Suing an Architect or Engineer for Malpractice—How Soon?

Written By: Randy J. Heller

backs of architects in front of new building construction
It is well settled that an action against an architect or engineer arising out of his or her malpractice must be brought within a three-year statute of limitations.

But running from when? Certainly, if you are a passerby struck by a brick falling from a defectively-designed building, you would not expect the statute of limitations to expire before you were even injured. How about the owner of the building who hired the architect or engineer to design that building in the first place?
It is clear that the three-year period of limitations for malpractice actions runs from when the “claim accrues.” But that can mean different things to different people.
In a recent case arising out of a project upstate, the building owner hired an engineering firm to provide engineering services for a building project. The engineering firm, in turn, hired an architect to design the building. The building was completed in 2002, but the damage was discovered in 2017. The owner, which did not have a direct contract with the architect, sued the architect nevertheless, in 2018.
The building owner contended that its cause of action against the architect did not accrue until the damage was discovered in 2017, rendering its 2018 action timely. But the architect argued that an action for malpractice “accrues” at the latest upon the completion of performance—regardless of when the damage first appeared.
The upstate appellate court spelled out the rules applicable here. First, they noted that from the perspective of one of the contracting parties, “no matter how a claim is characterized in the complaint” all liability for defective construction has its genesis in the contractual relationship of the parties. Thus, the three-year statute of limitations applies and runs from the completion of performance.
But what about a passerby—a stranger to the contract? Can the statute of limitations expire three years from the completion of a contract it knew nothing about? No. A true stranger to the contract is not limited by the three-year statute—partly because it is not truly suing for malpractice, but rather suing in tort for personal injury or property damage outside of any contractual obligation.
But herein lies the final twist: the building owner argued that it did not have a contract with the architect; its contract was only with the engineer who then subcontracted the design to the architect. Shouldn’t that make the owner a “stranger to the contract,” unbound by the three-year limitation? No. The court held that the owner, despite its lack of “privity” with the architect, was “not a stranger to the contract.” It was a third-party beneficiary of the contract since the contract between the engineer and the architect was intended for the owner’s benefit. The architect’s contract mentioned the owner in it and expressly incorporated the owner’s contract with the engineer.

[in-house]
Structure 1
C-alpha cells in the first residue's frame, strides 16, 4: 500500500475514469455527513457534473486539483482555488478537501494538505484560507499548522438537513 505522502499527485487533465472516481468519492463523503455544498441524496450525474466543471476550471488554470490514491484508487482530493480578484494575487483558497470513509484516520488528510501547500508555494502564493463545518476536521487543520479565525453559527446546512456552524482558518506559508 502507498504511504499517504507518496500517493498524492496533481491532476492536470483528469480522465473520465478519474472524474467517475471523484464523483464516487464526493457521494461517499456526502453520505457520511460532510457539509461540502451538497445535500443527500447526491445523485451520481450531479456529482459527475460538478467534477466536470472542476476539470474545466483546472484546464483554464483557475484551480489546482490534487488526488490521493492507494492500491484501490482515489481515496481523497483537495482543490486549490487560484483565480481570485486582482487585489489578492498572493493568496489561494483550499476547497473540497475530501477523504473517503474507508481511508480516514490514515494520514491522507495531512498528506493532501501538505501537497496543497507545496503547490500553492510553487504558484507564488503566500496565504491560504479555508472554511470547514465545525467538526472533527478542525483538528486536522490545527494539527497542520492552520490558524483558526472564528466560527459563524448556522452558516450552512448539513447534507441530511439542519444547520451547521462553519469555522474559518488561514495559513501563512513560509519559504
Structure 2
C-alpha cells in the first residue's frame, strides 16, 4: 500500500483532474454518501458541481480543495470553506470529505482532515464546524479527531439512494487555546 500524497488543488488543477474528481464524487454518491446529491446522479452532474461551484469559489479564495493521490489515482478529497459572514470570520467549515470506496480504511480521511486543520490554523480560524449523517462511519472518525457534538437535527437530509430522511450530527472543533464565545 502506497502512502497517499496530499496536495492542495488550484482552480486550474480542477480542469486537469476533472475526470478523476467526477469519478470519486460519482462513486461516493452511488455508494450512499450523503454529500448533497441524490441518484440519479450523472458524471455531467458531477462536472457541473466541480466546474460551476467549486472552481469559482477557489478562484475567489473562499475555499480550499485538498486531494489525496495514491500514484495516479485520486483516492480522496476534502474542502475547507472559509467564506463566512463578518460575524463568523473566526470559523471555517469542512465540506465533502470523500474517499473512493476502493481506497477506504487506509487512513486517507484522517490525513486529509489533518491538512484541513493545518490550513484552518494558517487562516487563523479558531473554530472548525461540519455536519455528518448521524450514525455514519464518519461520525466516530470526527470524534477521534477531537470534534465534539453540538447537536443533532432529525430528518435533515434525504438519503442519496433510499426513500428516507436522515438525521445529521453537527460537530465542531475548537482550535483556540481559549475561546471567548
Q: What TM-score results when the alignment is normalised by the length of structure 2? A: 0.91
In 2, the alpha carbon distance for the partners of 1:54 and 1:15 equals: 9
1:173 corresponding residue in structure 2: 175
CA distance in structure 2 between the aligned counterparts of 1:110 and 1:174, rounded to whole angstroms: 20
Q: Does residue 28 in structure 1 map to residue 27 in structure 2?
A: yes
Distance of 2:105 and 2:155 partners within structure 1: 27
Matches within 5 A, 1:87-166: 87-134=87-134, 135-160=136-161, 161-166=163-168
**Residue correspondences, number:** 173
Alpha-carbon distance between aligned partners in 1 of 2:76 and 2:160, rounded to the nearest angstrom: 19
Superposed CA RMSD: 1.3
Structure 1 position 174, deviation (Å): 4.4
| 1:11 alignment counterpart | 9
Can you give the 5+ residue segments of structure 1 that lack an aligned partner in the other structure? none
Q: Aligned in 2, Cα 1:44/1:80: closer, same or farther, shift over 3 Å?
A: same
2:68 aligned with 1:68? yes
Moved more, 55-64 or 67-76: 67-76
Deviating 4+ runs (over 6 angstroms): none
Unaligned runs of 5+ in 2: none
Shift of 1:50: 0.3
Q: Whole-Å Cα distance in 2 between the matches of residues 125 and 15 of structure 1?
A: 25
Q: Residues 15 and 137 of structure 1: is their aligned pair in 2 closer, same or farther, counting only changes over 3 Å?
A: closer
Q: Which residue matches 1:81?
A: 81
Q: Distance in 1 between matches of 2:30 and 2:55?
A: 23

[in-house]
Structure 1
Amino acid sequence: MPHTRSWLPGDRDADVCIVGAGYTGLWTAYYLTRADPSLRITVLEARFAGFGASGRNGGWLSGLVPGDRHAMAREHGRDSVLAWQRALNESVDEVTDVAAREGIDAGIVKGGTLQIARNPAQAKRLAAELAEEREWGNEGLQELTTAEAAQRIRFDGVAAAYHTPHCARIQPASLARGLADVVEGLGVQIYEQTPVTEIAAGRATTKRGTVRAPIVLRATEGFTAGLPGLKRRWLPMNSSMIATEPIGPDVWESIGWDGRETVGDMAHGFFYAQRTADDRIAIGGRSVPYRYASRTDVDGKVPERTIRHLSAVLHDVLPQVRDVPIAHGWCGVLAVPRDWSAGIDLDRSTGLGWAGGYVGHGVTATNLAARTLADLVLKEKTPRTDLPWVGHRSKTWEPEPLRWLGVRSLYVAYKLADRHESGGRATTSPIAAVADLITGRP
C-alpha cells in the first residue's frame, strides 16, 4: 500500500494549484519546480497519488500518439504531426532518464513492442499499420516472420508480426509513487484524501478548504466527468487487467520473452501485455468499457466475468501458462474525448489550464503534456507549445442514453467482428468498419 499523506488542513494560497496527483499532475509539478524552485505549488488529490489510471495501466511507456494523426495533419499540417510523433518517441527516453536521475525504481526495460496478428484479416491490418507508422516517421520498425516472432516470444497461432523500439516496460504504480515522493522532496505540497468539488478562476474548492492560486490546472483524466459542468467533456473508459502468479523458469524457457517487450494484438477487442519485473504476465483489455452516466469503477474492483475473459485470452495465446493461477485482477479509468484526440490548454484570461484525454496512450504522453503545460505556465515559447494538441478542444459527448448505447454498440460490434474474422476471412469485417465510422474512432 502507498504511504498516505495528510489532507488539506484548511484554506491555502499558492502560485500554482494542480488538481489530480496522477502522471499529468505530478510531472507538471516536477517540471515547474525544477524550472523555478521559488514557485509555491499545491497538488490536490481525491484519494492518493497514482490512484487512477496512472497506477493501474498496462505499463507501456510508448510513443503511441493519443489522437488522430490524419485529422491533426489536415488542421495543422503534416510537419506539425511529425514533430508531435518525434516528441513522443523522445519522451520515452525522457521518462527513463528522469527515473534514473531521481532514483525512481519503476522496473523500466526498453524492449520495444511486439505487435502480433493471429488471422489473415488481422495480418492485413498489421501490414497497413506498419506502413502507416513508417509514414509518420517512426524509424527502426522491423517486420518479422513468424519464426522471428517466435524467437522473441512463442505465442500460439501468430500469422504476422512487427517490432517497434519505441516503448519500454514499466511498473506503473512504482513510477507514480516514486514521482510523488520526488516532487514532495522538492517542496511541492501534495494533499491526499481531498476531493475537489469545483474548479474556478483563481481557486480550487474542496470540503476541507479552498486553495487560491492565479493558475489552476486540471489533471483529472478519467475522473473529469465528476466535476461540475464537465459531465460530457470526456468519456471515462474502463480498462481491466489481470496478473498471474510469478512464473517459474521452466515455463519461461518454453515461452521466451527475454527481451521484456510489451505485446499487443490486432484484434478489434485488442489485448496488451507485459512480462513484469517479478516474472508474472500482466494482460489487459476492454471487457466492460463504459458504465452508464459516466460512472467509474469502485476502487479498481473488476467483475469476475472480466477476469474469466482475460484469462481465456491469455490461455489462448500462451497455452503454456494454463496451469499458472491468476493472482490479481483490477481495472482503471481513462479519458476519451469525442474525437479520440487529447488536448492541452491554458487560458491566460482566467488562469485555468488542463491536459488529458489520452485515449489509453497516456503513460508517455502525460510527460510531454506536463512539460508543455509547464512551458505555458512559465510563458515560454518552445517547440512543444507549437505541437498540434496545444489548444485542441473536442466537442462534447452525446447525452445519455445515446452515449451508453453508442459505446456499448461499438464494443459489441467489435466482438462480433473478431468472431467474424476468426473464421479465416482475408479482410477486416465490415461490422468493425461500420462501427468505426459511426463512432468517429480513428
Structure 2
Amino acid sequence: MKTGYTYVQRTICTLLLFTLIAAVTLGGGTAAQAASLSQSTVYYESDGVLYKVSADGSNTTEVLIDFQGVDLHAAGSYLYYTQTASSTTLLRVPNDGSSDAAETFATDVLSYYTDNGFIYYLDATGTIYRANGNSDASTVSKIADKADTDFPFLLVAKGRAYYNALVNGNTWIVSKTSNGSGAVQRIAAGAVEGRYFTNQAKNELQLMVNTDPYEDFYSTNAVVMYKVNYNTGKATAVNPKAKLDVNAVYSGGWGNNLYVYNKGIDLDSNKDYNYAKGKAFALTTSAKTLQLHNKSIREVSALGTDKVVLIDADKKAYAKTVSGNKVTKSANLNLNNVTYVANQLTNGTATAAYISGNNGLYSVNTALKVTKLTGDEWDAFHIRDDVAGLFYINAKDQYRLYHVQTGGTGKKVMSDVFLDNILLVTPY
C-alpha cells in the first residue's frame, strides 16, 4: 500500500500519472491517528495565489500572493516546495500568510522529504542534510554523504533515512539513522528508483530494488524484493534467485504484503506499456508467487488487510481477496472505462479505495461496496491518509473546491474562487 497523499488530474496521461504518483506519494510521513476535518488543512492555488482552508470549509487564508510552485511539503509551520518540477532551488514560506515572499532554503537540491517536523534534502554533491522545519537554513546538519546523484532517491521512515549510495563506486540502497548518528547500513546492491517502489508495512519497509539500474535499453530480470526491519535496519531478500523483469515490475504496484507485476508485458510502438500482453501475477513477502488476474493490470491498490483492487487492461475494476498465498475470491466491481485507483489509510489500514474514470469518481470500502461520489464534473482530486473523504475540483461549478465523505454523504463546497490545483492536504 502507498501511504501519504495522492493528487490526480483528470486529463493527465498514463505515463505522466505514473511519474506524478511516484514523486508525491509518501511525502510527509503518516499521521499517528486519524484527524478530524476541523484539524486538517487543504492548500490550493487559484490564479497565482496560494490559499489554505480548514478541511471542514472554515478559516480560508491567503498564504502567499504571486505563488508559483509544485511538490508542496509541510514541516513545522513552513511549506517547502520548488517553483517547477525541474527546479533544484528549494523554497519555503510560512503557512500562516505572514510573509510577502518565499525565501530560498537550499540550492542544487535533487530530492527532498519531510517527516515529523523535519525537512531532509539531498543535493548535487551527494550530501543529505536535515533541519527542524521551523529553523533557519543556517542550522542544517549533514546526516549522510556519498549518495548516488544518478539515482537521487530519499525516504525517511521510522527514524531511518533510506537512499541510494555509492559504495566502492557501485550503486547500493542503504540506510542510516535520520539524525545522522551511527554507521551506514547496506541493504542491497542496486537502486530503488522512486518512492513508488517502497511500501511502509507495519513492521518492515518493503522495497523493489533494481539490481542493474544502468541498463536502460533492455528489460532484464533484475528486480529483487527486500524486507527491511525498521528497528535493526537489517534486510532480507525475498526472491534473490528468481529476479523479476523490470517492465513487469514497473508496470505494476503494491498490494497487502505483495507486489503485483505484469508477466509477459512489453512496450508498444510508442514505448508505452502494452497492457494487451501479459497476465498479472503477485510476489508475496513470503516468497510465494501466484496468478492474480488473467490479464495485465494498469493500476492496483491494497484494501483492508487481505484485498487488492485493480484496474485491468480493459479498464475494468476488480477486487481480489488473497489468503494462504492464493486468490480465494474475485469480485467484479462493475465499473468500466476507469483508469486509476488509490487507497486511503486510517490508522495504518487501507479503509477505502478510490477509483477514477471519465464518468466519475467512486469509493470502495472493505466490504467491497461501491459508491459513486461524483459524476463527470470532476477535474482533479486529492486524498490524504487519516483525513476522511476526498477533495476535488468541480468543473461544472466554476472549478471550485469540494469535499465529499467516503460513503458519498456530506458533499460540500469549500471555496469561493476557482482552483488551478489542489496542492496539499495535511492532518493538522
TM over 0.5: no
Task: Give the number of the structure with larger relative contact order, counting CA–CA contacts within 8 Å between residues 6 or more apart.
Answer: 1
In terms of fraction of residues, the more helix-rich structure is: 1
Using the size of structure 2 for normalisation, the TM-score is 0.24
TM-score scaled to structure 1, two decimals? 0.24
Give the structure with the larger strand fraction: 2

Since the owner was not a “stranger to the contract,” its professional malpractice claim accrued upon completion of the work (in 2002) and its complaint (in 2018) was time-barred and dismissed.
While one might think it unfair to permit the statute of limitations to expire long before any defects become visible, this is simply a risk allocating statute. The legislature has determined that the owner possesses the means to determine if the design was sound and constructed properly at the time of the completion of the work. If anything rears its head more than three years after that, it is a risk more properly borne by the owner. But not by a stranger to the contract.
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Randy J. Heller


For over forty years, Mr. Heller has specialized in construction law and litigation, representing some of the largest and most successful contractors in the nation.

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